Do I like to celebrate? Do I decorate my home for different seasons and holidays? Do I like to keep photos or cards in a place where I can see them? Am I creative? Do I enjoy arranging flowers in a special vase or covering a table or bureau with a colorful cloth?

Do I have a quiet space where I enjoy sitting quietly some time during the day or evening — perhaps to sip a cup of tea, read a daily meditation, or simply just to sit? Do I sit at a table near a window, on a porch, or in a cozy chair where I can put up my feet?

Whether we do so intentionally or not, each of us creates an environment in our home that nurtures us through our senses — sight, sound, touch, taste, and scent. An altar can nurture you through your senses, add meaning and beauty to your life, remind you that the holy is present wherever we call home.

Your home altar should reflect your personal spiritual story. It doesn't matter whether it consists of a candle, a bell, and a statue of Buddha on a piece of cloth, or a bowl of sea glass and a photo on linen crocheted by your grandmother. It doesn't matter if you pay attention to the directions or just gather your own precious objects and mementos.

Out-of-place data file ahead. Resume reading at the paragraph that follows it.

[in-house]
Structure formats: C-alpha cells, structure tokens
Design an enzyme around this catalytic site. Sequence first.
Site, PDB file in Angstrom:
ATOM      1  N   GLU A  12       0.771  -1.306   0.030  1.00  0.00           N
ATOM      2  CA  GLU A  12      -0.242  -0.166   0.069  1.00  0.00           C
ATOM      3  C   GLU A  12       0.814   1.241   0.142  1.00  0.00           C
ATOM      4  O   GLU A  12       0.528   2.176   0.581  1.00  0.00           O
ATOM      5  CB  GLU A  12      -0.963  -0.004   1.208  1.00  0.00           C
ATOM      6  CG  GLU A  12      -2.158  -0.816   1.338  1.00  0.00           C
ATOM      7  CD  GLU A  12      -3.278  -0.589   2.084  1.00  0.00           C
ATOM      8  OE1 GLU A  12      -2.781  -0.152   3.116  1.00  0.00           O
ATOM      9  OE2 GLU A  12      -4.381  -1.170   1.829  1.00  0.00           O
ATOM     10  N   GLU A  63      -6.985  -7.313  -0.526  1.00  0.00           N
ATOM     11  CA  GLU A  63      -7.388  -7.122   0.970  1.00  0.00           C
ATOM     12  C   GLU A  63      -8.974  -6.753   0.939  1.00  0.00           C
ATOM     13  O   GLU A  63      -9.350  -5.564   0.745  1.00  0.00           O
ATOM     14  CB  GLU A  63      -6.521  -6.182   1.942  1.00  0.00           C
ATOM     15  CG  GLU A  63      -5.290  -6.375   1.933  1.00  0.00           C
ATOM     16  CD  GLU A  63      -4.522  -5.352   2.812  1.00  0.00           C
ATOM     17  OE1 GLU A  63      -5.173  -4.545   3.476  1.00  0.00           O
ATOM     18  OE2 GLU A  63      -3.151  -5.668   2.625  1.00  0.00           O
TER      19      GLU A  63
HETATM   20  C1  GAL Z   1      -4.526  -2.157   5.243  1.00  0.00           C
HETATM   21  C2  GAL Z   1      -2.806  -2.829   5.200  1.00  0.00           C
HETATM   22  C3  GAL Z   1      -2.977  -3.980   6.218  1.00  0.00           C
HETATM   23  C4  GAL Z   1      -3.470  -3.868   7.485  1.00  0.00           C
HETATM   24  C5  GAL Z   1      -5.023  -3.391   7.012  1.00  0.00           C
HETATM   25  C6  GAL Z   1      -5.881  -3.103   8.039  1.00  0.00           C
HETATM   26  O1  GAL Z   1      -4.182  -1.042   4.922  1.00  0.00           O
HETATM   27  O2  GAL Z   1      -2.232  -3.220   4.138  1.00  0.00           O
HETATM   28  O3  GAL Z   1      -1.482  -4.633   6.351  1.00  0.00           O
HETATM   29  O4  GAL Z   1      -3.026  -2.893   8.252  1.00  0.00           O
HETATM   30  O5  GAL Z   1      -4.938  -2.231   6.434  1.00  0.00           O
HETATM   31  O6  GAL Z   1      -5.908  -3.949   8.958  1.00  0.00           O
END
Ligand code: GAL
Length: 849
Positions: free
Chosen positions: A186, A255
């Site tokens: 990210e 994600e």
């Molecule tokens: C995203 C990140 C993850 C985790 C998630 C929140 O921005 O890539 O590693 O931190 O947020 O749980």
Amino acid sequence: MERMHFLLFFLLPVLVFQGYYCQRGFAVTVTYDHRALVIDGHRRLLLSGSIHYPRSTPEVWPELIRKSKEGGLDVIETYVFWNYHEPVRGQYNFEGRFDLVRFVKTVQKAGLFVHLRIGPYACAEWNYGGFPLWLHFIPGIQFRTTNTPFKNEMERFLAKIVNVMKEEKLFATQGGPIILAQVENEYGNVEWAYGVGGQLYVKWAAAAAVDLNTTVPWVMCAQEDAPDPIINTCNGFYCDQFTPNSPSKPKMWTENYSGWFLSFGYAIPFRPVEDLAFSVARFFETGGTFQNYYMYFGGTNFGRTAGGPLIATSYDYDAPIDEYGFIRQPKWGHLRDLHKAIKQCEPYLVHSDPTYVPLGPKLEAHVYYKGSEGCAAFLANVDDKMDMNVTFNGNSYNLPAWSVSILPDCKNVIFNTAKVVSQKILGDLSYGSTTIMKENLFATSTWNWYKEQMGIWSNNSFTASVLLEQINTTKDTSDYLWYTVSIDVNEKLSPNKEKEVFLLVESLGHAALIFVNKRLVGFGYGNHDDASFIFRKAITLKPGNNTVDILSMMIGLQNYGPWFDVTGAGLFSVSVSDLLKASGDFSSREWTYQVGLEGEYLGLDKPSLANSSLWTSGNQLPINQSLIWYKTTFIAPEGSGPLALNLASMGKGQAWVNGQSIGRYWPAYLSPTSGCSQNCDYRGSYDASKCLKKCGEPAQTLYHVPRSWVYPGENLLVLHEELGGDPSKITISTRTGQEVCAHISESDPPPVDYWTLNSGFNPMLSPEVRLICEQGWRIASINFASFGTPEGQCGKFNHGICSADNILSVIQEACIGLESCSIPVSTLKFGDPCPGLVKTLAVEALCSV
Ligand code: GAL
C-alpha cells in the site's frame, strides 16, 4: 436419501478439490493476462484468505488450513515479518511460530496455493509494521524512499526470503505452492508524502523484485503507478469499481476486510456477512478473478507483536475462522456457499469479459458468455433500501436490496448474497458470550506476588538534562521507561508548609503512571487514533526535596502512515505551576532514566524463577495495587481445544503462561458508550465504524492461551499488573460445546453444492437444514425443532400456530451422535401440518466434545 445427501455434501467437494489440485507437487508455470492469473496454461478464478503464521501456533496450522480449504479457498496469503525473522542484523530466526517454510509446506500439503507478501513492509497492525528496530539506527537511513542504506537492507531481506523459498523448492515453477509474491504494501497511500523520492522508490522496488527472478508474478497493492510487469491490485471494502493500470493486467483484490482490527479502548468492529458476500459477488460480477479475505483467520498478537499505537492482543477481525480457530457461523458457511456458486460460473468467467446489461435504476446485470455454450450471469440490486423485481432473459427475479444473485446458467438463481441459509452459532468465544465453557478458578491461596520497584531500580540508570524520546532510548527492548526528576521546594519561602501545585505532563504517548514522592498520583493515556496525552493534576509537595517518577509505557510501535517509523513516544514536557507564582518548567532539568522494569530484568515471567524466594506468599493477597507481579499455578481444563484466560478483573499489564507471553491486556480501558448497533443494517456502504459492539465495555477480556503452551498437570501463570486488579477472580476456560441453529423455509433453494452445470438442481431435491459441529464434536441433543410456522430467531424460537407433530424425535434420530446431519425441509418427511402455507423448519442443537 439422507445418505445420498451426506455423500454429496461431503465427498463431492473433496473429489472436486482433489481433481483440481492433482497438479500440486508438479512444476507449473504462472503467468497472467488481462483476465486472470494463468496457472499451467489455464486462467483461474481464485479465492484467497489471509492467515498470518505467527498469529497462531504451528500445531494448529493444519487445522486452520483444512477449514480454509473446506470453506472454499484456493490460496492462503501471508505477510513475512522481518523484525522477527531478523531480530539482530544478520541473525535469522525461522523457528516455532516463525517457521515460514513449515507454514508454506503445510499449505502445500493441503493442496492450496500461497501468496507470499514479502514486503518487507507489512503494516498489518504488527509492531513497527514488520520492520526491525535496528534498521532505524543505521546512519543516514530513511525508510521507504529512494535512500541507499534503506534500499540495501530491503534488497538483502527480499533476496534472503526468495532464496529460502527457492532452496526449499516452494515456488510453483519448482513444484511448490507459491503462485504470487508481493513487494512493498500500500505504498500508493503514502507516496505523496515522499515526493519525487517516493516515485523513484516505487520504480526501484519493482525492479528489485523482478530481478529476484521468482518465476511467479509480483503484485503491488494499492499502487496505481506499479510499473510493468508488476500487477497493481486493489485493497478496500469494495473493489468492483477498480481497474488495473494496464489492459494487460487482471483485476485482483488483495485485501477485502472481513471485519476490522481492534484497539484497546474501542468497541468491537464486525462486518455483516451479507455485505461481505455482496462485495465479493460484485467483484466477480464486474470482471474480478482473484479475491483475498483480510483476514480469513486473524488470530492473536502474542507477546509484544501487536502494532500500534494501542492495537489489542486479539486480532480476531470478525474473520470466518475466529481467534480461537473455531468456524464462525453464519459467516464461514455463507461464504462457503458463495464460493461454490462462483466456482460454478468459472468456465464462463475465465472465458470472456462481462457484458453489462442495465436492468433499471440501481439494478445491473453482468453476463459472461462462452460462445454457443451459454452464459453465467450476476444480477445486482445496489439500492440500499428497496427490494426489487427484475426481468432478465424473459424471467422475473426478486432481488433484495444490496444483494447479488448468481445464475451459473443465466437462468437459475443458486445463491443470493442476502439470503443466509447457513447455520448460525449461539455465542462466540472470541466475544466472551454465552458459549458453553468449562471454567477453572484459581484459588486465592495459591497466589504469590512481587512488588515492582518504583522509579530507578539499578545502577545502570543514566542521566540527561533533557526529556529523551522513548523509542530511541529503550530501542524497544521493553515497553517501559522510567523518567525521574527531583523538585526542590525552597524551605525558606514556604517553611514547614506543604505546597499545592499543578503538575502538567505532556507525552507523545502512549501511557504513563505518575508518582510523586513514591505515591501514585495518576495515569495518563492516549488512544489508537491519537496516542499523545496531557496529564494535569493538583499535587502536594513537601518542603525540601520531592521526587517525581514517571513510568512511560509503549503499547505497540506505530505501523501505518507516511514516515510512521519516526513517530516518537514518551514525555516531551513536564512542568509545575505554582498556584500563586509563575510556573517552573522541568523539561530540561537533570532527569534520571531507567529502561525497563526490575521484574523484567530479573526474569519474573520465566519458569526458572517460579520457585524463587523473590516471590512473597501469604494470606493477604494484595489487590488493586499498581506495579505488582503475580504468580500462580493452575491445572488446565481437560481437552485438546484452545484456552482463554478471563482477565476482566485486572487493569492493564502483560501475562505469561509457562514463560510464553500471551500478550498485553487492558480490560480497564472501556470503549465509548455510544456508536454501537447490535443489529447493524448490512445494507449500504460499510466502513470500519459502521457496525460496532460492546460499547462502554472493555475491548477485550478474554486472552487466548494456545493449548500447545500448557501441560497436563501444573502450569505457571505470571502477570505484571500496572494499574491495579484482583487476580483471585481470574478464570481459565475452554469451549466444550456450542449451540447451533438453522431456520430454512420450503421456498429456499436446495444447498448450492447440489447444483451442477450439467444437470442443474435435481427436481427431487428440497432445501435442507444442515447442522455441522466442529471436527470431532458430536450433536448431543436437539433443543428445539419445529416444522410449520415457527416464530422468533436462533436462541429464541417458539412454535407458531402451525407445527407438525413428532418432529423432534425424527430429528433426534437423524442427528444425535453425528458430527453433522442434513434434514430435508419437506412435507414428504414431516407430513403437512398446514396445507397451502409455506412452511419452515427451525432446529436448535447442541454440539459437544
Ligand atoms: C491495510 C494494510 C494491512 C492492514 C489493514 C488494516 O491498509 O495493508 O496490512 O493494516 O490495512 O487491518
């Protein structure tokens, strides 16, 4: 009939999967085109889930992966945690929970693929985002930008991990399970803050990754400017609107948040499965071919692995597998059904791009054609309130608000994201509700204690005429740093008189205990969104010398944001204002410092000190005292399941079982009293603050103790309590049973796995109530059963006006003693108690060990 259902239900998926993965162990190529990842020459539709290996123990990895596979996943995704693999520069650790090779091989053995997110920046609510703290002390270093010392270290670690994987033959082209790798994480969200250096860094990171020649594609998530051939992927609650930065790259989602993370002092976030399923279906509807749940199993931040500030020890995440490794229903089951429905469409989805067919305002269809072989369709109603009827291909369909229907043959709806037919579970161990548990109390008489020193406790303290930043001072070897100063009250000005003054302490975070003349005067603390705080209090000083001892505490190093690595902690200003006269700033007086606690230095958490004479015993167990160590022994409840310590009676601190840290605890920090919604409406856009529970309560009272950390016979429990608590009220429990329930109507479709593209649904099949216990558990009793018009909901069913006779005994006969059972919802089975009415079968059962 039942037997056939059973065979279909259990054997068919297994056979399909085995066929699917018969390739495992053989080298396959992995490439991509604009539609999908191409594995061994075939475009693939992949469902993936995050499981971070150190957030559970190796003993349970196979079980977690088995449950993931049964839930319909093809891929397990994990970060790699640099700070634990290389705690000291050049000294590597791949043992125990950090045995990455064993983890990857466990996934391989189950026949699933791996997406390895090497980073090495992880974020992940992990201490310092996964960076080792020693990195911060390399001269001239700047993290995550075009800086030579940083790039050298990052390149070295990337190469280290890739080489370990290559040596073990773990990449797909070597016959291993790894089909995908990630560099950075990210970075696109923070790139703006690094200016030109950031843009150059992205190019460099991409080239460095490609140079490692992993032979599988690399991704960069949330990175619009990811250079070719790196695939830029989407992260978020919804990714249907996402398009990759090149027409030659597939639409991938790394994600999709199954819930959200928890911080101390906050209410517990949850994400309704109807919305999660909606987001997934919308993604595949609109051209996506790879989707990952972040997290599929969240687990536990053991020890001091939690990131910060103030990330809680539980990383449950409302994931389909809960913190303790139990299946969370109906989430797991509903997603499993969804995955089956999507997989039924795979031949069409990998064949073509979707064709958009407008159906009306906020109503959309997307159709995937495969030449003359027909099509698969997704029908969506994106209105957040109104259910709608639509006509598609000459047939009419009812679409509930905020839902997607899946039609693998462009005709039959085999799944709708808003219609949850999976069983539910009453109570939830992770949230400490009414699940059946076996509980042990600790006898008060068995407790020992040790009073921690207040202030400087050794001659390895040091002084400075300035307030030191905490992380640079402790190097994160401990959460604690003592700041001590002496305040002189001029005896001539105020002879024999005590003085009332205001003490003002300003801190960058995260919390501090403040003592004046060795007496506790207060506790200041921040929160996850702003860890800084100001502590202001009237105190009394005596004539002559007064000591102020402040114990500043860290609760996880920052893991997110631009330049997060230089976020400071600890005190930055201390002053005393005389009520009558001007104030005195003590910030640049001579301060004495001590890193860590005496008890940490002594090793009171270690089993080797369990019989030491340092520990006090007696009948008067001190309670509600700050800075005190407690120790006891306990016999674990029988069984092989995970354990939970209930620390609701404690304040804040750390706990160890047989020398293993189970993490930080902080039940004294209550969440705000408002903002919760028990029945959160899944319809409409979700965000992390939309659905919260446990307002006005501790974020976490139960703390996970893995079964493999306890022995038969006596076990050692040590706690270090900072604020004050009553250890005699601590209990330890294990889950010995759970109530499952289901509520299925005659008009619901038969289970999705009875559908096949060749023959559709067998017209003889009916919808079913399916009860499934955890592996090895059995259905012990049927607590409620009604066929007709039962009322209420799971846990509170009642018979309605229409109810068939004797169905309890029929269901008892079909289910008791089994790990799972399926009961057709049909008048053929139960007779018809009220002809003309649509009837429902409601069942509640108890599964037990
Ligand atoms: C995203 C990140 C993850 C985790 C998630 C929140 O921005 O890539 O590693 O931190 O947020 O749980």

What is important is who you are in the presence of your personal altar. For there, you have created a place where you are invited to recognize the sacredness of life, where you are invited to "wake up!" and be whole.

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Rev. Nichols is a Unitarian Universalist minister, retired since 2010. She served the First Universalist Church in Auburn, ME (1988-99), and the Champlain Valley UU Society in Middlebury, VT (1999-2010).